To reach out to MSMEs especially in the countryside, DBP pursued wholesale borrowers such as rural banks, micro-finance institutions and other financial institutions (FIs) to extend the reach of the program. A 2.5% p.a. interest rate is offered to FIs for on-lending to qualified MSMEs provided that the lending rate to sub-borrowers is reduced by the equivalent of savings on cost of funds of the FI.
In addition, with the DBP Rehabilitation Support Program on Severe Events (DBP RESPONSE), the bank was able to restructure or re-amortize loans to help enterprises better face the challenges brought about by the pandemic.

The execution of the Bank's partnership with the Rural Bankers Association of the Philippines has likewise helped DBP reach out to MSMEs in the rural countryside that it may not be able to reach effectively through its wholesale lending facilities.

DBP has also partnered with Small Business Corporation (SB Corp.) for the establishment of a strategic client referral and management system to efficiently manage the assistance programs for MSMEs of both institutions. Under the partnership, the two institutions would segment applicants according to asset size with DBP handling applications of enterprises with an asset size of more than P15-million while firms whose assets are less than P15- million would be referred to SB Corp. DBP and SB Corp. will also collaborate in crafting marketing strategies and undertake joint promotional activities for both the DBP RESPONSE - MSME RECOVERY program and SB Corp.'s Covid19 Assistance to Restart Enterprises program.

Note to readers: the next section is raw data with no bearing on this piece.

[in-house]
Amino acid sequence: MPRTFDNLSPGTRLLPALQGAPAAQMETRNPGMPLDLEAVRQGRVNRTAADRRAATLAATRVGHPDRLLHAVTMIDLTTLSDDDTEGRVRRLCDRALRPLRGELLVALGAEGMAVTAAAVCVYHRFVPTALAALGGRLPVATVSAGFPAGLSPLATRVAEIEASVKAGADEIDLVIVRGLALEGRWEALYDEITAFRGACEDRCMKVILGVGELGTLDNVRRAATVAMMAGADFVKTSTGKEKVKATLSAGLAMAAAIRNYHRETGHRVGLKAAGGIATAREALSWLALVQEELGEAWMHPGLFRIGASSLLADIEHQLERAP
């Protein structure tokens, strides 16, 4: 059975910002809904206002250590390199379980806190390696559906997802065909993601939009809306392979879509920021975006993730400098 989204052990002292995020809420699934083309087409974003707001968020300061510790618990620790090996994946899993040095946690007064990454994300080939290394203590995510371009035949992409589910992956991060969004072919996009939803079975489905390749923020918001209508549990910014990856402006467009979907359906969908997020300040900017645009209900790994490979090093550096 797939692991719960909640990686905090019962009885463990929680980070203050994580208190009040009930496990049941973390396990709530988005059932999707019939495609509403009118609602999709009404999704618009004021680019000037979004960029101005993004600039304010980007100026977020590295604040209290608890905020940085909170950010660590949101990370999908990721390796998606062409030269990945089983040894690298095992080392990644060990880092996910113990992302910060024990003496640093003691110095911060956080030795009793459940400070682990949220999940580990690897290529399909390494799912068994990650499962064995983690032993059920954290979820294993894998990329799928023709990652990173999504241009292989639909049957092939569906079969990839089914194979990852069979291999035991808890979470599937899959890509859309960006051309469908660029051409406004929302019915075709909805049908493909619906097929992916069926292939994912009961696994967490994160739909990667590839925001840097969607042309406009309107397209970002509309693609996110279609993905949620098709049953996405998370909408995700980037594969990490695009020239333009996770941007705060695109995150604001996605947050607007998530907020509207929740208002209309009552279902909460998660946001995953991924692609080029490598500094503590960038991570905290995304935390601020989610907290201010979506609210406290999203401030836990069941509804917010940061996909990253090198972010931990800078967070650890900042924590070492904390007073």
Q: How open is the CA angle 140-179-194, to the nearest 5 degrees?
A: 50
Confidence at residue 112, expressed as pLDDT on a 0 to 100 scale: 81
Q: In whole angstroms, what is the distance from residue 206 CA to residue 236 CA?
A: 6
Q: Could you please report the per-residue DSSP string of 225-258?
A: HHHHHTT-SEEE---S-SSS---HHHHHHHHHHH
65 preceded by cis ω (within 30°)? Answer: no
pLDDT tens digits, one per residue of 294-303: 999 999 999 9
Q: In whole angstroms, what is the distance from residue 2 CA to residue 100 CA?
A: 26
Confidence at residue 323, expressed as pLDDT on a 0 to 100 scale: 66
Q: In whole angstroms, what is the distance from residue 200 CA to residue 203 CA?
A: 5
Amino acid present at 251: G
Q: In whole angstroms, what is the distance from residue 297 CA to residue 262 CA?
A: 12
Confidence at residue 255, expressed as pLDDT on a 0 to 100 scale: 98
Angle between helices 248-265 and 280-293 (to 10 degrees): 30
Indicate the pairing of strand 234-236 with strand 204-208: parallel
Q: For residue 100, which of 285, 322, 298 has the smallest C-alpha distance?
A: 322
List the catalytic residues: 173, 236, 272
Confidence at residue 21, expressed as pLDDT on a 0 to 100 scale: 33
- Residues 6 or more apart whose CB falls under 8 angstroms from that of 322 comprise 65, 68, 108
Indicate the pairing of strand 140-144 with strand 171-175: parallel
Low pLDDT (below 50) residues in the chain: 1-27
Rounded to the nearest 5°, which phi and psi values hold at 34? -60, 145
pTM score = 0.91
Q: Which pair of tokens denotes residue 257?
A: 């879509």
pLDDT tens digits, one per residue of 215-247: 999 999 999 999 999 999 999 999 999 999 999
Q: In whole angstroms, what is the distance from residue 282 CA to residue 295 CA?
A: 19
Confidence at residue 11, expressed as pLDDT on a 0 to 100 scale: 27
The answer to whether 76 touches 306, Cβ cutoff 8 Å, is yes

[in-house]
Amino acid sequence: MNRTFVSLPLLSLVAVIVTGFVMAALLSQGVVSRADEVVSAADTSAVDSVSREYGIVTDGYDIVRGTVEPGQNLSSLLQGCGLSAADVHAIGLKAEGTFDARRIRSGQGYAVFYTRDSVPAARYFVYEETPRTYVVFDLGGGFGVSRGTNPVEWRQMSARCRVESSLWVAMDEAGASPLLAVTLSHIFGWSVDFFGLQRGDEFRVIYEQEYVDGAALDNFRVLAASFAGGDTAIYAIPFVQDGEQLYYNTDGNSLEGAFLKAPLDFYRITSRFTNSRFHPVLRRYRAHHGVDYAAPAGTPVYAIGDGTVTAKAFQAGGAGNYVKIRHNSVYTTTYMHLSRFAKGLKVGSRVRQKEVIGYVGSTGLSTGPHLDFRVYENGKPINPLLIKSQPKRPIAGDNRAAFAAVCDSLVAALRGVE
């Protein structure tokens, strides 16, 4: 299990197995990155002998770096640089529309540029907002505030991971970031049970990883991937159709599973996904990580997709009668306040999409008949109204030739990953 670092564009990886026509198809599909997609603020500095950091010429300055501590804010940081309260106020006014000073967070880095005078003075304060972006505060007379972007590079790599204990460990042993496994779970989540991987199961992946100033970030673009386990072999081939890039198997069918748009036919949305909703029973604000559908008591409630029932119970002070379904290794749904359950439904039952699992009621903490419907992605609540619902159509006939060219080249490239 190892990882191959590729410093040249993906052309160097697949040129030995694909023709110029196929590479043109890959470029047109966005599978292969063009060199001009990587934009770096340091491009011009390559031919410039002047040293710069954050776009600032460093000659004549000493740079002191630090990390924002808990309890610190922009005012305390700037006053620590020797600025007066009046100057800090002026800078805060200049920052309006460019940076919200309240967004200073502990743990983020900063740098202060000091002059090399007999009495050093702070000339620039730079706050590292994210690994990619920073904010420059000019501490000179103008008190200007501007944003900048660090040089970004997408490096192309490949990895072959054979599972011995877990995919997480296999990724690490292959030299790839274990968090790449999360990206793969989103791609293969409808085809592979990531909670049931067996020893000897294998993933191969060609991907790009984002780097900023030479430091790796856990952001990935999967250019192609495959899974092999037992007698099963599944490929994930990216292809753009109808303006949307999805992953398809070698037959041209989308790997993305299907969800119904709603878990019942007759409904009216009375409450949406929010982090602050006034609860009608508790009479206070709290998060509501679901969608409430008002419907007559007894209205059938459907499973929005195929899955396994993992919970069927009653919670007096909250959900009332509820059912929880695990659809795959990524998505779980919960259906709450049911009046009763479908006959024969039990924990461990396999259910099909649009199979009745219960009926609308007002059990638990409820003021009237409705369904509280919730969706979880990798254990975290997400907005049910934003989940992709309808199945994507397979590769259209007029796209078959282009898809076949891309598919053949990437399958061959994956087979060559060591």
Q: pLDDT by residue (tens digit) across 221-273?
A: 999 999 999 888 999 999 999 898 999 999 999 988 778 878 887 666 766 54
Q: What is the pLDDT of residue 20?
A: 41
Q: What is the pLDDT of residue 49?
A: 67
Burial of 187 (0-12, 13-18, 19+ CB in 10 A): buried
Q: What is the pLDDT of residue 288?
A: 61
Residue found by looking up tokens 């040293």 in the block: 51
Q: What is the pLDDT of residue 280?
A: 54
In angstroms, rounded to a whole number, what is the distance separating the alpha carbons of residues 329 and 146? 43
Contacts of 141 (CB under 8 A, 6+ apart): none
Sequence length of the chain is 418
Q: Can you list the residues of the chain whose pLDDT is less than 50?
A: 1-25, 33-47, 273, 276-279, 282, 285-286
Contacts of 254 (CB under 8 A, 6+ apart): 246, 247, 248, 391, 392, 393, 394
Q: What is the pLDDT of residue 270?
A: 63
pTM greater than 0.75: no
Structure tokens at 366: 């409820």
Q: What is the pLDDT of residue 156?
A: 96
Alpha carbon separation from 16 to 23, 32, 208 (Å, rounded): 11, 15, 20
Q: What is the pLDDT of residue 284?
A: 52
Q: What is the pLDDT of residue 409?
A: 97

Despite the pandemic, the bank has continued to market its programs that support the MSME sector. Several webinars have been conducted in cooperation with national government agencies to assist cooperatives particularly those from the indigenous peoples, farmers, fisherfolk, and MSME segments to access government programs that offer preferential terms to the marginalized sector as well as those affected by the pandemic.

What are your key digital initiatives and what benefits are you looking to generate  from them?